Why treatment with medications should reduce the incidence of substance use disorders in boys with ADHD is not known, says Dr. Biederman, just as what causes ADHD and how medications reduce ADHD symptoms are also unknown. "I can only speculate that by reducing ADHD symptoms, the medications allow the children to interact better with their families and friends and to perform better in school," he says. "As a result, they are less likely to be ridiculed and rejected by other children and to fail in school. Because of this, they are less likely to be depressed and to take drugs in an attempt to treat their depression." He says that another reason may be that the medications reduce the tendency of ADHD children to be impulsive, which often leads them to engage in risky activities, such as taking drugs.

Other researchers have reported that some adult cocaine abusers with childhood histories of ADHD state that when they first started using cocaine, the drug initially improved their ADHD symptoms. Their concentration improved, they were less impulsive, and they felt calmer. This would suggest that young people with ADHD who abuse cocaine and other stimulants may be doing so to self-medicate their ADHD symptoms rather than to treat depression resulting from rejection and failure.

"In some cases, young people with ADHD are not properly diagnosed and treated, and, as a result, they have terrible problems," says Dr. Arthur Horton of NIDA's Division of Treatment Research and Development (DTRD). "Their lives are not going well, so they try different things to make themselves feel better. They don't know that Ritalin® will alleviate their symptoms. If they happen to try cocaine, they might find that it initially makes them more focused and able to deal with life, so they keep taking it, and that's how they get hooked."

DTRD Director Dr. Frank Vocci points out that more research needs to be done before definite conclusions can be drawn about the relationship between ADHD therapy and substance abuse. "As it stands, this study clearly supports the idea that medications protect individuals with ADHD from becoming substance abusers during childhood and adolescence," he says. "However, whether or not they become substance abusers when they reach adulthood is still an open question."

Dr. Biederman says that his group is continuing to collect data on his sample as they age. Another followup study is currently under way on the young men, who are now between 16 and 27 years old. This study should help answer the question of whether ADHD medication therapy can protect against substance abuse in late adolescence and early adulthood. The researchers are also following a group of girls with ADHD and a comparison group of girls without ADHD. A key question to be answered will be whether gender differences exist in the effects of stimulants, including the effects on substance abuse.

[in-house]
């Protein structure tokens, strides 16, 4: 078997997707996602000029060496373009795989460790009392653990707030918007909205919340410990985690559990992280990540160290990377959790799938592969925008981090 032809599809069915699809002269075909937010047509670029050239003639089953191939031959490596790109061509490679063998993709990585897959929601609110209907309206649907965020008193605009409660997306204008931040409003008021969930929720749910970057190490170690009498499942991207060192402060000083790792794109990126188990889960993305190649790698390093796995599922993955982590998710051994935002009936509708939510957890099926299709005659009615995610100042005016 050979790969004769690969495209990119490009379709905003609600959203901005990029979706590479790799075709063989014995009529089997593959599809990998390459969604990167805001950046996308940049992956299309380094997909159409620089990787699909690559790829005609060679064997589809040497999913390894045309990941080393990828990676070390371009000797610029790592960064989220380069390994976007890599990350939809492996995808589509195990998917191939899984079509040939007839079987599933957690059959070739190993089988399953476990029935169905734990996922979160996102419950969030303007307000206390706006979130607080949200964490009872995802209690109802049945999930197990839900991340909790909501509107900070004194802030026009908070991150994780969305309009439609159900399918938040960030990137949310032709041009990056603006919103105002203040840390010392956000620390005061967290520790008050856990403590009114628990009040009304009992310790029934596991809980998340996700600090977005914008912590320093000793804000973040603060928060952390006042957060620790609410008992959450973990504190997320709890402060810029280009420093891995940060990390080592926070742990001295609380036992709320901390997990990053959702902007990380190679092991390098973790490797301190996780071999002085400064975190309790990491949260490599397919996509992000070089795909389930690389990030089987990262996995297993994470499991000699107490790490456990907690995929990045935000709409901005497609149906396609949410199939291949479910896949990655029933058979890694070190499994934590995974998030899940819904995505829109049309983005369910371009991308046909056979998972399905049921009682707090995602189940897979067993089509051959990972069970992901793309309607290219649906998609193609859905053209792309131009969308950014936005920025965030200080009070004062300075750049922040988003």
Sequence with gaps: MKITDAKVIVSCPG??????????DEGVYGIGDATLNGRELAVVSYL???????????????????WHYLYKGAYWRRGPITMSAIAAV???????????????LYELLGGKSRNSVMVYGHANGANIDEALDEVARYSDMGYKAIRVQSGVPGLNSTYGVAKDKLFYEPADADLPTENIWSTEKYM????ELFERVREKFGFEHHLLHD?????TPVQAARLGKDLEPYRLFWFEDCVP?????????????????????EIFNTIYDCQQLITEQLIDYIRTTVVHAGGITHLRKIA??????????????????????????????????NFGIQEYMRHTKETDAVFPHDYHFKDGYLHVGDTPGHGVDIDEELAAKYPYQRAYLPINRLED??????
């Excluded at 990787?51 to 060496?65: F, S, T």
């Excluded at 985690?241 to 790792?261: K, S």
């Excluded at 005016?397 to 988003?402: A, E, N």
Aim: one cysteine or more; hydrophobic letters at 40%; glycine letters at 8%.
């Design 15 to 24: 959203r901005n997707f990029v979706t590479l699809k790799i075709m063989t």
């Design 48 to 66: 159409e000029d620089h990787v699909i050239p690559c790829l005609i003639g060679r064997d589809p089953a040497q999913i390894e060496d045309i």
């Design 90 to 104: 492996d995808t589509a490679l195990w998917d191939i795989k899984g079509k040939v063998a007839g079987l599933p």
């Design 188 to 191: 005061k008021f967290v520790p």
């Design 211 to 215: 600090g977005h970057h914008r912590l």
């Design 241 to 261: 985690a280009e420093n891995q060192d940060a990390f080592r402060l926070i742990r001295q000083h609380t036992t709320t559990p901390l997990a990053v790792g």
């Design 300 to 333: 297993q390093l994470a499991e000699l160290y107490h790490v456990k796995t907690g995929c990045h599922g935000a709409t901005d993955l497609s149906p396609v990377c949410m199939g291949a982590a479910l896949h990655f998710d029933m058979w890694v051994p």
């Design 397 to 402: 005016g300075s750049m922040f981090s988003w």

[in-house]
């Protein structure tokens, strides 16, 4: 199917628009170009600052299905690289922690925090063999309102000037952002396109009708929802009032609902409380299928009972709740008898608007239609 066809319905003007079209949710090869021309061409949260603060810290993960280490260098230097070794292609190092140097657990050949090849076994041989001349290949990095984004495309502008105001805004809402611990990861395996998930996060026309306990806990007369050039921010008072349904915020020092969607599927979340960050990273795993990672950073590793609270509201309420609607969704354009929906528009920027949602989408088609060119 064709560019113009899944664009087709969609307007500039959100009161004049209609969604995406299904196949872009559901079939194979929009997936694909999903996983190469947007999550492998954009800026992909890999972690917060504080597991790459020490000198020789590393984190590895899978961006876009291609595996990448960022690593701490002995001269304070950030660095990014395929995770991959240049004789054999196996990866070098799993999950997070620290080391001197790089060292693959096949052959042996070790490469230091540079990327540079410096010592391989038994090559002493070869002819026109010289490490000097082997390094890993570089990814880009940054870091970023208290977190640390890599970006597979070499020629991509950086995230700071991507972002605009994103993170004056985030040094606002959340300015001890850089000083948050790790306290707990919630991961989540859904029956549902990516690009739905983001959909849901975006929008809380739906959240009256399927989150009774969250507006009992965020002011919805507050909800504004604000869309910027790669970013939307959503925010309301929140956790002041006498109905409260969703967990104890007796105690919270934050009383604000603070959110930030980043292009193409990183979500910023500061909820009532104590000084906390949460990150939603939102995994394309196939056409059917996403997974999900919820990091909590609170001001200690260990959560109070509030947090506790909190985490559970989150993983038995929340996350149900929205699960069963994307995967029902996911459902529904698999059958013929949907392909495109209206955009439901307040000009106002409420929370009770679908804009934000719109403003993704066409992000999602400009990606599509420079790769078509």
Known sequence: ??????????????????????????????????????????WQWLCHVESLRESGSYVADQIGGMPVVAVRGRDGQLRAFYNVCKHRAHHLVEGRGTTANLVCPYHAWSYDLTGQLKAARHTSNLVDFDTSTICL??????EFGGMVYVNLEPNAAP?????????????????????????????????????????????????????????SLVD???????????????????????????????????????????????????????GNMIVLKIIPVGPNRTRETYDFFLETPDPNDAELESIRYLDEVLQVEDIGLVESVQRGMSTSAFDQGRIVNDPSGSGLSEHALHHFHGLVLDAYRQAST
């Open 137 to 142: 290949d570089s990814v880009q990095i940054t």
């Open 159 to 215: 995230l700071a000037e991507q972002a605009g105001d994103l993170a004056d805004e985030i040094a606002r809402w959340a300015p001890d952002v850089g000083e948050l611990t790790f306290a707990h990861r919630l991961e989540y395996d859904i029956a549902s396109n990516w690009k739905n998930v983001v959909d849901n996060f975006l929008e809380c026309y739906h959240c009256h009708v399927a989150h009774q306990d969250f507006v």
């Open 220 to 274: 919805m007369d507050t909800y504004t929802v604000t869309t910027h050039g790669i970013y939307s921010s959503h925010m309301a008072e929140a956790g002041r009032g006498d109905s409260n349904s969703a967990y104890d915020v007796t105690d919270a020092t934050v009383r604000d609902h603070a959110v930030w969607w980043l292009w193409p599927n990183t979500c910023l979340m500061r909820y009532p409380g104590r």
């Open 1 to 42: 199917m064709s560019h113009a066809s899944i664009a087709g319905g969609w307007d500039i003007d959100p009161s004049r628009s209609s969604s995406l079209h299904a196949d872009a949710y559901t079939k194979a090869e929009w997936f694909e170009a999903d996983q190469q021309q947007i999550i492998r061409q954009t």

Treatment That Includes Methylphenidate Helps Adult Cocaine Abusers With ADHD

In addition to helping protect children with ADHD from becoming substance abusers, methylphenidate may also help adult cocaine abusers with ADHD reduce their drug use. In a pilot study, Dr. Frances Levin and researchers at Columbia University in New York City gave methylphenidate for up to 12 weeks to 12 adult cocaine abusers with ADHD. Patients also received individual weekly relapse prevention therapy, which involved identifying situations in which they were likely to return to cocaine use and developing strategies to avoid cocaine use in these situations. Of the 12 patients who entered the study, 7 could be reached for a 3-month assessment. Patients reported a reduction in ADHD symptoms, cocaine use, and craving; urine tests confirmed that their cocaine use had in fact decreased significantly.

At present, Dr. Levin cannot say whether methylphenidate, the behavioral therapy, or a combination of both was responsible for the positive results. To answer this question and to determine whether these preliminary results can be reproduced among other cocaine abusers with ADHD, she is conducting a large clinical trial in which neither the patients nor their therapists know whether the patients are receiving methylphenidate or placebo.

Sources

Biederman, J., et al. Pharmacotherapy of attention-deficit/hyperactivity disorder reduces risk for substance use disorder. Pediatrics 104(2):e20, 1999 (www.pediatrics.org).

Gawin, F.; Riordan, C.; and Kleber, H. Methylphenidate treatment of cocaine abusers without attention deficit disorder: A negative report. American Journal of Drug and Alcohol Abuse 11(3-4):193-197, 1985.

Levin, F.R., Evans, S.M.; McDowell, D.M.; and Kleber, H.D. Methylphenidate treatment for cocaine abusers with adult attention-deficit/hyperactivity disorder: A pilot study. Journal of Clinical Psychiatry 59(6):300-305, 1998.

Levin, F.R., and Kleber, H.D. Attention-deficit/hyperactivity disorder and substance abuse: Relationships and implications for treatment. Harvard Review of Psychiatry 2:246-258, 1995.

NIDA NOTES - Volume 14, Number 4